A Ninth Amendment Test Case
According to the Ninth Amendment to the U.S. Constitution:
The enumeration in the Constitution, of certain rights, shall not be construed to deny or disparage others retained by the people.At first this looks like a conclusive argument against the complaints that the Supreme Court is following Amendment Pi of the Constitution, in magic invisible ink that only special people can see … until we consider the word “retained.”
A right to gay marriage, for example, was not retained; it was invented recently. On the other hand, a right to wear a hat (according to Theodore Sedgwick) was retained:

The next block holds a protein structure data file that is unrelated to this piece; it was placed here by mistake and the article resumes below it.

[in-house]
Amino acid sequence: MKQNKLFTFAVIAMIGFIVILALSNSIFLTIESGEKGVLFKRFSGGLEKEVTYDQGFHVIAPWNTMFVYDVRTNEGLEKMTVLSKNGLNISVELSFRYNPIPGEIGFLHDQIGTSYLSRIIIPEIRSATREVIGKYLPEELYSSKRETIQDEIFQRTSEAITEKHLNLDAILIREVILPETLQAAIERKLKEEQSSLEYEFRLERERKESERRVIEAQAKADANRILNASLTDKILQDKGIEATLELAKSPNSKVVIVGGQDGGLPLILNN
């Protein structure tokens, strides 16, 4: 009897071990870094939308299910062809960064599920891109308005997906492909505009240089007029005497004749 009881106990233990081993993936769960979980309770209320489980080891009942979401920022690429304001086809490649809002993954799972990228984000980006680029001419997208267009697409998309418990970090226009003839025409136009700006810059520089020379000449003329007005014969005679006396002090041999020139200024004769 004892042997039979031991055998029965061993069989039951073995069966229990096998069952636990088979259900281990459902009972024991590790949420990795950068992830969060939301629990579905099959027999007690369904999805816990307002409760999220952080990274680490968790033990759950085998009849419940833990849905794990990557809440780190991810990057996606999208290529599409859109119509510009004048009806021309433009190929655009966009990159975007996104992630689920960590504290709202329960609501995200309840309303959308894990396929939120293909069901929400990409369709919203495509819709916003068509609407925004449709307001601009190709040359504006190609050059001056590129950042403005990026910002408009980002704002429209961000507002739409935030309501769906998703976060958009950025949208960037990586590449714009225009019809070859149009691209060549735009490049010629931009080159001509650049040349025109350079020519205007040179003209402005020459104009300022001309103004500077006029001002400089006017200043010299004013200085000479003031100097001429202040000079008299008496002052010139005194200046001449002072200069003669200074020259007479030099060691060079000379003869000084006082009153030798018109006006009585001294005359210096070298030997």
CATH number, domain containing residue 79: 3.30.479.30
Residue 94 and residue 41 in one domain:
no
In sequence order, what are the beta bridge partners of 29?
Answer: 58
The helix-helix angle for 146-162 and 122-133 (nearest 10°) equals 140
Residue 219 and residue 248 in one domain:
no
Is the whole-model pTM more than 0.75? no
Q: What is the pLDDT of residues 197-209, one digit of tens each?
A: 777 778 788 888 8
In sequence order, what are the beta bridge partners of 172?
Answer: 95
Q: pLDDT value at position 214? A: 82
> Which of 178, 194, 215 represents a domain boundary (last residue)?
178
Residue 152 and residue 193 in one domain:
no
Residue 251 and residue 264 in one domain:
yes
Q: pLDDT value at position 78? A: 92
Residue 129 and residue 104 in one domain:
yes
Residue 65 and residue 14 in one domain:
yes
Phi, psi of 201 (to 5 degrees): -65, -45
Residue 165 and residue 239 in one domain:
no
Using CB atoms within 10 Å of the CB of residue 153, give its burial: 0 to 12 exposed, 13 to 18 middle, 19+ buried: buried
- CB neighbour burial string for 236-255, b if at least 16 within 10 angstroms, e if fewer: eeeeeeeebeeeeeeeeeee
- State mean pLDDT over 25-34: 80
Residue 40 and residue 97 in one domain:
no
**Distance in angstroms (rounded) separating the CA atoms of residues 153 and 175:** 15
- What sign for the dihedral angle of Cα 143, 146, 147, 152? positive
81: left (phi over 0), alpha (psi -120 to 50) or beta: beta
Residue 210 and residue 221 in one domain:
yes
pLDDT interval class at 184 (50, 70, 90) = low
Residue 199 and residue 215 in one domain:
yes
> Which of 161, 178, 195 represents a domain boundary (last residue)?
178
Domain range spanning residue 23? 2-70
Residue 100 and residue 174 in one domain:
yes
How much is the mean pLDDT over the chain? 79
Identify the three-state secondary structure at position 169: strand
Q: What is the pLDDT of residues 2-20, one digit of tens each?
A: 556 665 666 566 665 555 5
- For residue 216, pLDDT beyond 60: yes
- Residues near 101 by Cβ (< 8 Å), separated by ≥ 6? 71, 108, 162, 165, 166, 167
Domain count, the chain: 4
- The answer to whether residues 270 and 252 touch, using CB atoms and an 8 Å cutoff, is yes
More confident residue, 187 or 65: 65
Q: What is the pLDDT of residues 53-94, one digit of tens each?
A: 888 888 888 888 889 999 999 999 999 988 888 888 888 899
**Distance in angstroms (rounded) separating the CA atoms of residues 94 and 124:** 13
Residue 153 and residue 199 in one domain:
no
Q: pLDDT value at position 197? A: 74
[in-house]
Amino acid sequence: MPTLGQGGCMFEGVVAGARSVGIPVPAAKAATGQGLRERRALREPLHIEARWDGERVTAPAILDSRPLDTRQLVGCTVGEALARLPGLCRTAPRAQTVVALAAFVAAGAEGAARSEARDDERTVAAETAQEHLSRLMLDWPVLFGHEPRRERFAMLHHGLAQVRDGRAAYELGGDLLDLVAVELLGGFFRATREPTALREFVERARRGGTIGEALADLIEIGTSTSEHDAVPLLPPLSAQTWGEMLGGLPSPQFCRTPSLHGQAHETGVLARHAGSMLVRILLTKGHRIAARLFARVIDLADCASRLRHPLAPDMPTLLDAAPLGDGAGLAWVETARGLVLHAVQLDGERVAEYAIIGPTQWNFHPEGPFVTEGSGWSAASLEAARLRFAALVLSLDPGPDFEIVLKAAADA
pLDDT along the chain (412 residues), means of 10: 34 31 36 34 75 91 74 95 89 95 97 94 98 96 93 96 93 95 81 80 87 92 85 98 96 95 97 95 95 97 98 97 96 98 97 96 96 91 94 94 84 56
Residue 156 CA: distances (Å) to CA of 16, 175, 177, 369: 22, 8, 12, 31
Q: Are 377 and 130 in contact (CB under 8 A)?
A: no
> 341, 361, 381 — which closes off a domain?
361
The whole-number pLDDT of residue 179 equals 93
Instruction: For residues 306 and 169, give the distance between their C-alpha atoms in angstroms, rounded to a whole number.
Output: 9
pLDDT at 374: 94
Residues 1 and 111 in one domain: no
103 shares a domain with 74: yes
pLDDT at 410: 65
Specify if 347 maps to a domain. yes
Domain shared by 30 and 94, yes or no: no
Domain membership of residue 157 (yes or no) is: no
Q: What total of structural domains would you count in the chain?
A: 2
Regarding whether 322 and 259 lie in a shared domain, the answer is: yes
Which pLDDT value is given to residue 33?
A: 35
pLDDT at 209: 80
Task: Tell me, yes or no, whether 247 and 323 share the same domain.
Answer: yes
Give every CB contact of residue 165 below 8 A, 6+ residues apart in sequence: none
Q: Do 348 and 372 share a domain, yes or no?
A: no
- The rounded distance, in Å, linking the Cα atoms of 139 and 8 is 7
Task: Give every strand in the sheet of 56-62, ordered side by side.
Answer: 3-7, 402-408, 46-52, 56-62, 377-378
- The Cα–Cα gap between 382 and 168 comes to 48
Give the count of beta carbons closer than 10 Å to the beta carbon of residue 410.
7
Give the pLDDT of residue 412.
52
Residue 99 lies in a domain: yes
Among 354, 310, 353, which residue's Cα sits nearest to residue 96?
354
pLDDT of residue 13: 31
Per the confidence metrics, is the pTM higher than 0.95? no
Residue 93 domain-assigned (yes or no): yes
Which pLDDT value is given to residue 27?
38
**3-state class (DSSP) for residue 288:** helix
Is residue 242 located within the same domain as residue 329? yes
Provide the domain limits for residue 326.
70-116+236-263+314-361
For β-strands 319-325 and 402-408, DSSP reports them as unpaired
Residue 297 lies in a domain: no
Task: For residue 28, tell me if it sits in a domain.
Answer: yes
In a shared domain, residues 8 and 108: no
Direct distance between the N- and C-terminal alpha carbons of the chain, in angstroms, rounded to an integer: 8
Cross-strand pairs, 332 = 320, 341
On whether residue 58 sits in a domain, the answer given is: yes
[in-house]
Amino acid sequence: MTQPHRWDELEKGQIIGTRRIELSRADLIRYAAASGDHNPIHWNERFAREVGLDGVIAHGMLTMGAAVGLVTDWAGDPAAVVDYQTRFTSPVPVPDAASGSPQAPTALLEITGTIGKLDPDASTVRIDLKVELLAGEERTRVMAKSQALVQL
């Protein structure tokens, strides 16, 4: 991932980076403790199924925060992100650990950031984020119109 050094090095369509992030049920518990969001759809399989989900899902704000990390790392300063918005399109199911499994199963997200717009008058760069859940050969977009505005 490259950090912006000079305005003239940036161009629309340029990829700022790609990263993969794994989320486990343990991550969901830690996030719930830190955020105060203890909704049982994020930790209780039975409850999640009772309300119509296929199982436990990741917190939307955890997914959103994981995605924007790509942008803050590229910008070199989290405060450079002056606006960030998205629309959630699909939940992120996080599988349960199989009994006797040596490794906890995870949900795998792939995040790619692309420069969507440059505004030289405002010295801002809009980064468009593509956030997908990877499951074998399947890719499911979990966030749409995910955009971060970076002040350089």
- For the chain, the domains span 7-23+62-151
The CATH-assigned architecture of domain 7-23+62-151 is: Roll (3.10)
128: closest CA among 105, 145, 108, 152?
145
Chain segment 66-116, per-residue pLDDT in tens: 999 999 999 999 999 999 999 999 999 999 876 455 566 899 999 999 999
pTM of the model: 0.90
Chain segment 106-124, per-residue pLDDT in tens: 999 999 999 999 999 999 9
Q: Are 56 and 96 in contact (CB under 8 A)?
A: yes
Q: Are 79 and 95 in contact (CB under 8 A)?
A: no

if the committee were governed by that general principle, they might have gone into a very lengthy enumeration of rights; they might have declared that a man should have the right to wear his hat if he pleased; that he might get up when he pleased, and go to bed when he thought proper.Even despite the fact that a member of the First Congress described the right to wear a hat as a right that should not have to be enumerated, many states violate that right when it comes to issuing driver's licenses. This might be a suitable test case for the 9th Amendment.
I won't more than mention that driver's licenses also look problematic.